Emma Augusta McCoy (1884-1945)

By Lisa Hendrickson, Independent Historian

This biographical sketch was first published on the Online Biographical Dictionary of the Woman Suffrage Movement in the United States and appears here by permission. That database is accessible at https://documents.alexanderstreet.com/VOTESforWOMEN

Emma August McCoy was born on March 4, 1884 to Goyn D. and Louisa McCoy in Franklin, N.J. She had three sisters and lived in New Brunswick, N.J. for most of her life. Her father was machinist. The family was active in the Dutch Reform Church where Goyn was a founding member of the Second Reformed Church congregation. She was valedictorian of New Brunswick High School and graduated with a degree in art from Cooper Institute in New York City.

After college she became an art teacher at New Brunswick High School. In 1930 she became the Superintendent of the New Brunswick Public School. She was an educator for 38 years. In addition to her teaching work, she was very active in many organizations including: National Education Association, New Jersey State Teachers Association, New Jersey Federation of Women’s Clubs, Middlesex County Women’s Teachers Association, Public School Teachers Club of New Brunswick, Political Study Club of New Brunswick, and suffrage organizations.

She campaigned for the rights of teachers at the state level. In 1909, she worked to pass a bill called the Teachers Tenure of Office Bill. She was a proponent of equal pay for equal work which was the goal of the Middlesex County Women’s Teachers Association, of which she was President in 1910. During the years of 1913-1918, she worked tirelessly to have the New Jersey Teachers Retirement Fund put under state control so that there would be better management of the fund. At the time, the New York City and Philadelphia pension systems had been declared insolvent. She said, “We want the law changed: we want some guarantee that our money is being safely invested.” She also worked to change the teacher’s pension fund structure. She advocated, “When this has been done, then a new law should be drafted fixing the percentage of contribution which each teacher should make is in proportion to his or her salary and the number of years in Public School service.”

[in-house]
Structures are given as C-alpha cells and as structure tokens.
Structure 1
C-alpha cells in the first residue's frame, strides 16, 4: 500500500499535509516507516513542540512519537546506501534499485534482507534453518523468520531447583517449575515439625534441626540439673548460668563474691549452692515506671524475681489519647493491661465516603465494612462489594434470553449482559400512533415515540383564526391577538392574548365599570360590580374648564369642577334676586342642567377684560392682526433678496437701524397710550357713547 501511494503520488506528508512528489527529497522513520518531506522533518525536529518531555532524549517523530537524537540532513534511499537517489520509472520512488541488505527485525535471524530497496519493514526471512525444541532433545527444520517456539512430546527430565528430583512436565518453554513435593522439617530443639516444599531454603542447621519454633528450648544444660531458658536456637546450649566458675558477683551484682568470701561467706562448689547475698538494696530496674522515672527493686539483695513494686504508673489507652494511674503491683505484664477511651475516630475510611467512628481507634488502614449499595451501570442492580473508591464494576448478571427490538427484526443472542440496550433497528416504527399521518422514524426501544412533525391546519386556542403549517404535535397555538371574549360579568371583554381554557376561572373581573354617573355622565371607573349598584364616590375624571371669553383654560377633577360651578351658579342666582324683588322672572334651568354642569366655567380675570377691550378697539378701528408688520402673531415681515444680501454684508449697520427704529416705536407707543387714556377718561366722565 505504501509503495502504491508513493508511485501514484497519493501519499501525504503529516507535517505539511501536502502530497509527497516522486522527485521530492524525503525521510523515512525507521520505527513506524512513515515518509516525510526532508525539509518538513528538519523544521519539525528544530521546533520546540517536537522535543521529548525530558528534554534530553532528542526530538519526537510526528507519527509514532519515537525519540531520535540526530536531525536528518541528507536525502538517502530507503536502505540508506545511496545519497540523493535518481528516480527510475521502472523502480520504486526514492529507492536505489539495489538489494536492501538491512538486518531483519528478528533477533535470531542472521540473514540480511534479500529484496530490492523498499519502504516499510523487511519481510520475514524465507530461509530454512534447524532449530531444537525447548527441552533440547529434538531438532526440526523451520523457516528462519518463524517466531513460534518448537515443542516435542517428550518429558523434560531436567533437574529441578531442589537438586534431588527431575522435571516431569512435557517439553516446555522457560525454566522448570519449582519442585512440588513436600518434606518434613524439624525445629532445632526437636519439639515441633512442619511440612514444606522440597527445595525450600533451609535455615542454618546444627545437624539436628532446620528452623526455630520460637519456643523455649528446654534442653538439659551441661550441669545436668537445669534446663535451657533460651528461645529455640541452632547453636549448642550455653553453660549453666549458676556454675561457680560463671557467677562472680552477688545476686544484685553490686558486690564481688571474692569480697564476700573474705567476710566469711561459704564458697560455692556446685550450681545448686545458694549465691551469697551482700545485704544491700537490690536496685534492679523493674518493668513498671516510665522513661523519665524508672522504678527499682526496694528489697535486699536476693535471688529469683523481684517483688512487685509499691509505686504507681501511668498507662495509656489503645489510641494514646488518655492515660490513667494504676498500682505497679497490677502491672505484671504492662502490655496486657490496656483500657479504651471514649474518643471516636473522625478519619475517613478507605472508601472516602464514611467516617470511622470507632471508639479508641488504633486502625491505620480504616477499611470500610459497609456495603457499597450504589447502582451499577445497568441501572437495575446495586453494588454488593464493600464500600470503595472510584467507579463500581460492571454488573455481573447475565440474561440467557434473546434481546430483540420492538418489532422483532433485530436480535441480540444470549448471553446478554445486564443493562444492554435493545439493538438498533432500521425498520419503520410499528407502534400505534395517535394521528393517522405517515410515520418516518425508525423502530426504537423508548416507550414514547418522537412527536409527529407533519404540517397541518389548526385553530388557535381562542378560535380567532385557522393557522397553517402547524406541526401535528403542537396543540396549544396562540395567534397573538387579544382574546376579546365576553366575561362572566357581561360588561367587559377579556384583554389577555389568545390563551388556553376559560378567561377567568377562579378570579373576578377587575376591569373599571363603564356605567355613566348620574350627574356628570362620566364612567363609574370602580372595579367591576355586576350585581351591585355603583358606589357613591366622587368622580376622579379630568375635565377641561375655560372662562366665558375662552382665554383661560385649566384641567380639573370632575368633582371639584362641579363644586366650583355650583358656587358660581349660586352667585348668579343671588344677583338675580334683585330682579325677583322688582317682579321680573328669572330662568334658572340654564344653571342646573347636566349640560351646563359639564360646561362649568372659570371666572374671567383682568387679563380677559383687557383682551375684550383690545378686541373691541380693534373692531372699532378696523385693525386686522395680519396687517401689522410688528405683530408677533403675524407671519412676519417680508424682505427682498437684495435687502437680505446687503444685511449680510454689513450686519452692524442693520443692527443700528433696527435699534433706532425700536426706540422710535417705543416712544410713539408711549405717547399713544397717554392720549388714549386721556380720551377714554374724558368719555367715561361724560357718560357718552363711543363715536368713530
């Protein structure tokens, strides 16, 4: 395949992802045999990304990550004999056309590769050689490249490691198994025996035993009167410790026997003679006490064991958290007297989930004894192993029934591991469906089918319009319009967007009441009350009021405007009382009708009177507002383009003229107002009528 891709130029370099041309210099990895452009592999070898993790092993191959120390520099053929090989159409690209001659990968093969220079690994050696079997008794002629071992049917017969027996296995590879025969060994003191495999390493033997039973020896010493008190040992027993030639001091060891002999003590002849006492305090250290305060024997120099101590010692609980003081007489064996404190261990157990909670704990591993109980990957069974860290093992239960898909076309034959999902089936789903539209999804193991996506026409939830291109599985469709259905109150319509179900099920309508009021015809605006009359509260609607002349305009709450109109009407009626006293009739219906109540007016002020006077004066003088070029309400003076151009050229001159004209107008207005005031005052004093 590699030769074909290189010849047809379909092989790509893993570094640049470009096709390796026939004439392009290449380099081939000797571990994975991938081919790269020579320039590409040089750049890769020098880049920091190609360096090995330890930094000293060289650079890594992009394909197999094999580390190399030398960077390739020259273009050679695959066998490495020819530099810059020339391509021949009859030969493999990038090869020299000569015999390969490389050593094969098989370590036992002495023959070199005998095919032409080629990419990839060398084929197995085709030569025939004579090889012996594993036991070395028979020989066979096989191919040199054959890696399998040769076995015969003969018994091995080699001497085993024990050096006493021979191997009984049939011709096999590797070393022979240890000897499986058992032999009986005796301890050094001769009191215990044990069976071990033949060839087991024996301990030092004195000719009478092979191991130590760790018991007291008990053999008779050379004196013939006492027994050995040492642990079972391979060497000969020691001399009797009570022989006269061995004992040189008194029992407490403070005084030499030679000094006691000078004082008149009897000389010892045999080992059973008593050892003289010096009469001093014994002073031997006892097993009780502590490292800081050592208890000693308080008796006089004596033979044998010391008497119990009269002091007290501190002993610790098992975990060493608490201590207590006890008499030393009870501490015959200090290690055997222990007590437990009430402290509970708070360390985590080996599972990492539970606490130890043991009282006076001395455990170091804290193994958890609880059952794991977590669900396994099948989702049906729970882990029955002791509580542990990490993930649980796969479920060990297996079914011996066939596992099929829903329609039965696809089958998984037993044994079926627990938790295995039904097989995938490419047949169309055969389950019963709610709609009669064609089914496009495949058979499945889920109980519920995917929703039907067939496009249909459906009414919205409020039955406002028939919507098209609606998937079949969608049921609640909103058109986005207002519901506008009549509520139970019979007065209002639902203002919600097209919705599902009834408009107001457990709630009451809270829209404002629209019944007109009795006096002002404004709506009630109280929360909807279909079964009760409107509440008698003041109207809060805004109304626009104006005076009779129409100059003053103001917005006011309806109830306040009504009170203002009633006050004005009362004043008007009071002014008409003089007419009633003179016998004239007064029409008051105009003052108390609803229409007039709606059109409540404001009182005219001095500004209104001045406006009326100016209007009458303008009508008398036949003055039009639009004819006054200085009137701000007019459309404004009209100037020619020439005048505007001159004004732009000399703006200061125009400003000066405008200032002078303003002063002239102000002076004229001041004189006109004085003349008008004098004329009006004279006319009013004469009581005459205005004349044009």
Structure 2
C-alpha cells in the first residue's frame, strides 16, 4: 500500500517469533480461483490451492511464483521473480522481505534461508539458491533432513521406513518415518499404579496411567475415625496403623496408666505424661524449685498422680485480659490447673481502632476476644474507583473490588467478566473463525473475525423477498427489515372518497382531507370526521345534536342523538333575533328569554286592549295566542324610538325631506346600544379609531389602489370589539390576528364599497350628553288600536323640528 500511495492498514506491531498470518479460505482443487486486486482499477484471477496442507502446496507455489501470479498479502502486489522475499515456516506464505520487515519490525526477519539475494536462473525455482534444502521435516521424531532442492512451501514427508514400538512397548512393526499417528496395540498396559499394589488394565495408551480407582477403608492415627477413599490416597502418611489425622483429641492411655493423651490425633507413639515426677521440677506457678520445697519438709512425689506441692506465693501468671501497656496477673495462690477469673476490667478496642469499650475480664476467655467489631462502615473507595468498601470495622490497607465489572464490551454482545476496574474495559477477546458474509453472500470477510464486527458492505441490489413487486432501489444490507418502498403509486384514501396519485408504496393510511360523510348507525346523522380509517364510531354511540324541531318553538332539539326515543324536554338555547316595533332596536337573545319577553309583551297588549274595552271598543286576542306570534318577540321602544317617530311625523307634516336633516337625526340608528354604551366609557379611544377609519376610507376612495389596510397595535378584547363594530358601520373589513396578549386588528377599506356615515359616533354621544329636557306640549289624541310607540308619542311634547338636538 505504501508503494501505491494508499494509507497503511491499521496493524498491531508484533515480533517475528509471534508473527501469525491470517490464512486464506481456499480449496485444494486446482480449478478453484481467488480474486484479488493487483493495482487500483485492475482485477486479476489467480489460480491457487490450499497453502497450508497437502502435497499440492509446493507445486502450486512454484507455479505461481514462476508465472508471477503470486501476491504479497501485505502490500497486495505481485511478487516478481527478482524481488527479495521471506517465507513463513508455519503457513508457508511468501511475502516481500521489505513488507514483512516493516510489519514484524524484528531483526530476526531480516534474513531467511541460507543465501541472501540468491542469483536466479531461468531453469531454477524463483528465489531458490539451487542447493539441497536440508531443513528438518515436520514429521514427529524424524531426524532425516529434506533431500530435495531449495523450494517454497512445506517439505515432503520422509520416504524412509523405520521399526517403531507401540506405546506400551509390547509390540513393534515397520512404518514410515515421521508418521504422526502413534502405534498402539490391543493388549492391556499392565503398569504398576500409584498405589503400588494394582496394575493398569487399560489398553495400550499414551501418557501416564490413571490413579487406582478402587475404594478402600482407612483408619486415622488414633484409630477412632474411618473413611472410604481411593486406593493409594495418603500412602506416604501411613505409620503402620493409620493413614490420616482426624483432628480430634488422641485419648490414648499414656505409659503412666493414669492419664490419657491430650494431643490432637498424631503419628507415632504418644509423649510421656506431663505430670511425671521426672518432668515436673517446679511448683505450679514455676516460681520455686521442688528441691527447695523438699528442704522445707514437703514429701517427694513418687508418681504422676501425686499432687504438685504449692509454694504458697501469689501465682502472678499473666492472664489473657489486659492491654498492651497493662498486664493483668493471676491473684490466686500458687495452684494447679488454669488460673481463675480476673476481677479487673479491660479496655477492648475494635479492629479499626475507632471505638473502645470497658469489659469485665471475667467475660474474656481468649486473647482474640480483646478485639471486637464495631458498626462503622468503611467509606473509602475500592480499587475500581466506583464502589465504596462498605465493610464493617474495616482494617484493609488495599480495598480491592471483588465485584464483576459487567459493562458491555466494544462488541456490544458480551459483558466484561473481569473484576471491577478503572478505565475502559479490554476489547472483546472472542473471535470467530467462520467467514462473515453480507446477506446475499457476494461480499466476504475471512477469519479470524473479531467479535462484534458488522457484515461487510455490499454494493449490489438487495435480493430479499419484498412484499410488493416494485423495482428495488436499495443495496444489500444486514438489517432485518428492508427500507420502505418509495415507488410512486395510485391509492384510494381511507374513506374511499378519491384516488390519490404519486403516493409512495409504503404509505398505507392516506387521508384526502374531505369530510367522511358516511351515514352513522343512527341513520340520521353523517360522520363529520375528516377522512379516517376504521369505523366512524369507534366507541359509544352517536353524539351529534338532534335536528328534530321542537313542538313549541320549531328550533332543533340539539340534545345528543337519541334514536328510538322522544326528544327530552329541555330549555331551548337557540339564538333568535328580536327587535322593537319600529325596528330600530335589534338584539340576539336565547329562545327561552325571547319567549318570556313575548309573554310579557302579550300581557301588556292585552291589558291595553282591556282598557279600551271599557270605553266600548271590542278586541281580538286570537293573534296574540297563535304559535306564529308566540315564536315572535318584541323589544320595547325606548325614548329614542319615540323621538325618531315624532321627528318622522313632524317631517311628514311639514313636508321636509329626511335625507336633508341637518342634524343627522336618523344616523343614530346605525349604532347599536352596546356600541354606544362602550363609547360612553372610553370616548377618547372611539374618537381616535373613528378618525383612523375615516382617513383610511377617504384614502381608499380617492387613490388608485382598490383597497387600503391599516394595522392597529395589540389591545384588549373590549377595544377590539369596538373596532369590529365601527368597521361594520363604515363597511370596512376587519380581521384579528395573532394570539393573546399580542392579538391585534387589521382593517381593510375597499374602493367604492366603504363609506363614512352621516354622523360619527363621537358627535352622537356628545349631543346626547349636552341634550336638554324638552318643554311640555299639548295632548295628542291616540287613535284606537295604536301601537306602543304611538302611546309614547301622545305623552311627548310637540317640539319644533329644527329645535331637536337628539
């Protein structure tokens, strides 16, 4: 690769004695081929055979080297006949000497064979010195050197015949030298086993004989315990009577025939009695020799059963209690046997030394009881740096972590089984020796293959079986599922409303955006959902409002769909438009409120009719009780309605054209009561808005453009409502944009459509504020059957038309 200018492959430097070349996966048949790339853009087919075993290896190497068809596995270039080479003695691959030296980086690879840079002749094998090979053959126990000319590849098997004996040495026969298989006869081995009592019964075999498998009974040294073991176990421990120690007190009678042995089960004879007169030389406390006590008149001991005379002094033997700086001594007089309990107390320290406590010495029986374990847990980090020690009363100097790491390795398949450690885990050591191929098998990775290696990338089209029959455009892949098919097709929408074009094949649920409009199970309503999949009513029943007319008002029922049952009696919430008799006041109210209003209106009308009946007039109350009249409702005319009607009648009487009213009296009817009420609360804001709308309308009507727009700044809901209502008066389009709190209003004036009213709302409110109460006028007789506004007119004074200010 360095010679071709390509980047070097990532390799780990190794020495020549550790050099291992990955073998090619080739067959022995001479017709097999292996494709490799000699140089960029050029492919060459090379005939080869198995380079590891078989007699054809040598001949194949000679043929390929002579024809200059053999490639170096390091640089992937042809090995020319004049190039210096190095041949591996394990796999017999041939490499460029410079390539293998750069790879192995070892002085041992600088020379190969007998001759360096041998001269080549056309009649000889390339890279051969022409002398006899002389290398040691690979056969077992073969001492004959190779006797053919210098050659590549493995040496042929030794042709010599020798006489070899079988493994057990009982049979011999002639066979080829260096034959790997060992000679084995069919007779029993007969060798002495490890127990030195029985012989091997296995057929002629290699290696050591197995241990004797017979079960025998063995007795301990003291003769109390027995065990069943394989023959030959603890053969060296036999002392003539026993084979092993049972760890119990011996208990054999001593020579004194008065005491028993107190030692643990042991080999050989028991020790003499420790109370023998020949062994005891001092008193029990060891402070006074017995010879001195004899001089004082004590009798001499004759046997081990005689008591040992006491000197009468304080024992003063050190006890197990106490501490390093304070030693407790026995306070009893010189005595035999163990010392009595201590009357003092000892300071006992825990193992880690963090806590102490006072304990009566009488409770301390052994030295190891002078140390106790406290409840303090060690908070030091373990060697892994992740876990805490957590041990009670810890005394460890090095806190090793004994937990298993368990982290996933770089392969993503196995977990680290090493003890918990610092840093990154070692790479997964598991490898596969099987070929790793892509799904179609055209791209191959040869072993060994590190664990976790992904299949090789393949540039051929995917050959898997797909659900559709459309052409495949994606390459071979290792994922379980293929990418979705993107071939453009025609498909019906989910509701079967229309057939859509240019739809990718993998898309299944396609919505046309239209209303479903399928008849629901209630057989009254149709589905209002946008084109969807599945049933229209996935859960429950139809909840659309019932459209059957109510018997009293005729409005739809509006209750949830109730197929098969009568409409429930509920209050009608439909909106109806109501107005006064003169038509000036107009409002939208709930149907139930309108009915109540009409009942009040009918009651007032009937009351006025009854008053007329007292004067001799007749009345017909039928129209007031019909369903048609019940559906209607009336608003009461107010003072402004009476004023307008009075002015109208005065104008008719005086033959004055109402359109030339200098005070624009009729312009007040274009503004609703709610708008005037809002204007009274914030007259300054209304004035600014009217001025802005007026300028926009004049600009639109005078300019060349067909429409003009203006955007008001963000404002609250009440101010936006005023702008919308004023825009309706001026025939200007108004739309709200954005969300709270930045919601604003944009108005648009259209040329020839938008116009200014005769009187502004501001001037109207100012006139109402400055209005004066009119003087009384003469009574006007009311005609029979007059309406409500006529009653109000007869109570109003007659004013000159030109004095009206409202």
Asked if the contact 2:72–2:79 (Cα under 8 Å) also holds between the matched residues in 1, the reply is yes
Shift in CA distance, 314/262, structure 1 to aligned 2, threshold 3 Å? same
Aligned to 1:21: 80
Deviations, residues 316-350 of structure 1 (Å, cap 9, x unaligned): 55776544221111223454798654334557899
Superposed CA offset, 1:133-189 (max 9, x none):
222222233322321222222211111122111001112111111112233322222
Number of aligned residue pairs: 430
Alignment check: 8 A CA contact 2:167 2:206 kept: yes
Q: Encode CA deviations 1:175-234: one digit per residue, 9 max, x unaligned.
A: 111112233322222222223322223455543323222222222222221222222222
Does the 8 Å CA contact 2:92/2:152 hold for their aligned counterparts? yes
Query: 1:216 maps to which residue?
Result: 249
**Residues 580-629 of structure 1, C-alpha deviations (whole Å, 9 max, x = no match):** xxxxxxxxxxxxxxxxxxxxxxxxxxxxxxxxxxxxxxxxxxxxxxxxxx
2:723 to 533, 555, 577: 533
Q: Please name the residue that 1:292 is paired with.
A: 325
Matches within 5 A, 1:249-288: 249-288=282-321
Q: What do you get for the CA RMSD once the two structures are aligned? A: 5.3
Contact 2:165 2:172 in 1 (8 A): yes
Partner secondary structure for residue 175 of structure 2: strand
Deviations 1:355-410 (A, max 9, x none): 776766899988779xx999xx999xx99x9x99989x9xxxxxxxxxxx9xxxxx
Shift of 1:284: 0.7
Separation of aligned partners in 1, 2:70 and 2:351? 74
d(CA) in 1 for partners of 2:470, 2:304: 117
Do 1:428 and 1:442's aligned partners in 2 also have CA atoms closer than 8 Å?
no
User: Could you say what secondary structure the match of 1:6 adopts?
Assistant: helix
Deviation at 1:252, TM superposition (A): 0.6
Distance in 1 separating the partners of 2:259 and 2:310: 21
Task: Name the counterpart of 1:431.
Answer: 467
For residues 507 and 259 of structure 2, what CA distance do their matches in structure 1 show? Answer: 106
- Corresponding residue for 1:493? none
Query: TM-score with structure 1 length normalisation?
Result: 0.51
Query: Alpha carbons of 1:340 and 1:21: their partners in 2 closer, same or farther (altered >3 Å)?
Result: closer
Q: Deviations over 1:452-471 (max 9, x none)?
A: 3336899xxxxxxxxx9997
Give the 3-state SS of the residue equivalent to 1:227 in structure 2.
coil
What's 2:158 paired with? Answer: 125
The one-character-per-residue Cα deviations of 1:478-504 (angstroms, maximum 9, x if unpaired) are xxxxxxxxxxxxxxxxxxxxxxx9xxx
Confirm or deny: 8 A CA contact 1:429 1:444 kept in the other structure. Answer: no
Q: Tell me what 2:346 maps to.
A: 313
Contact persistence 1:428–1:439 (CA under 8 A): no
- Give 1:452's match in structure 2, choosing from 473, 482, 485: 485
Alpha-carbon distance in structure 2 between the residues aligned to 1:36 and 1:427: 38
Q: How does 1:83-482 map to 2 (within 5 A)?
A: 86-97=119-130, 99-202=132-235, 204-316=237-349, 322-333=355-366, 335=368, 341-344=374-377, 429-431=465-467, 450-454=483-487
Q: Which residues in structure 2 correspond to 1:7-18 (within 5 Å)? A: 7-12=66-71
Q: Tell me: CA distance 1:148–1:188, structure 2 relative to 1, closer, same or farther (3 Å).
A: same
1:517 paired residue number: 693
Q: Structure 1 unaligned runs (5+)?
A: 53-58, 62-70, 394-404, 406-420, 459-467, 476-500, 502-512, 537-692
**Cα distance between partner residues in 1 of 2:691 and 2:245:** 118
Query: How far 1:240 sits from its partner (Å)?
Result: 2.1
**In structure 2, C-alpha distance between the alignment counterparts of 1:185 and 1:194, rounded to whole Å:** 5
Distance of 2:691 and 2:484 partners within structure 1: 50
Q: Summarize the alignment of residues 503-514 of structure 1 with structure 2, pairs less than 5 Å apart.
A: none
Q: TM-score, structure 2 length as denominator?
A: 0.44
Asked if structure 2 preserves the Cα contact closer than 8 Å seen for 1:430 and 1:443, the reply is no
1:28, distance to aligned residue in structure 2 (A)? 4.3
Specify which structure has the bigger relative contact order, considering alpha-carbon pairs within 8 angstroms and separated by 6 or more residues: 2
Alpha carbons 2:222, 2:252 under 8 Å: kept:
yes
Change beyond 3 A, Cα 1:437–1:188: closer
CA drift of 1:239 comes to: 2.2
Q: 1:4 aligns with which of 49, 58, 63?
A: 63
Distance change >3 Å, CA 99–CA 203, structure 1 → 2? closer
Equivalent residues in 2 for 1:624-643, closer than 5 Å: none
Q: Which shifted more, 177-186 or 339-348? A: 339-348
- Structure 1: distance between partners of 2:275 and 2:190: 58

In 1909 she had not yet joined the Suffrage movement, but was considering it. She joined the cause in 1911 and became very active in promoting women’s rights. At the 1911 convention of the Equal Justice League, Miss McCoy, the President of the New Brunswick Teachers Association, made a plea for equal pay for women teachers. In 1912, she organized the New Brunswick Political Study Club (NBPSC) and served as its first president. She invited Dr. Anna H. Shaw, Mrs. Florence Howe Hall, and Clara S. Ladley to the Middlesex County Teacher’s Association luncheon in 1912 as the featured speakers. Mrs. Shaw sent a letter back to Miss McCoy saying that she would try to attend as she felt, “To teach teachers, one can reach a large field.” At the closing of the luncheon, Miss McCoy said, “I would like to close this luncheon by singing ‘America’ but we can’t, as it would be like telling a falsehood to do so it not being a ‘Sweet Land of Liberty’ yet.” At the luncheon she made a plea for the establishment of a college for women in connection with Rutgers since most professors, at that time, did not want women in their classes.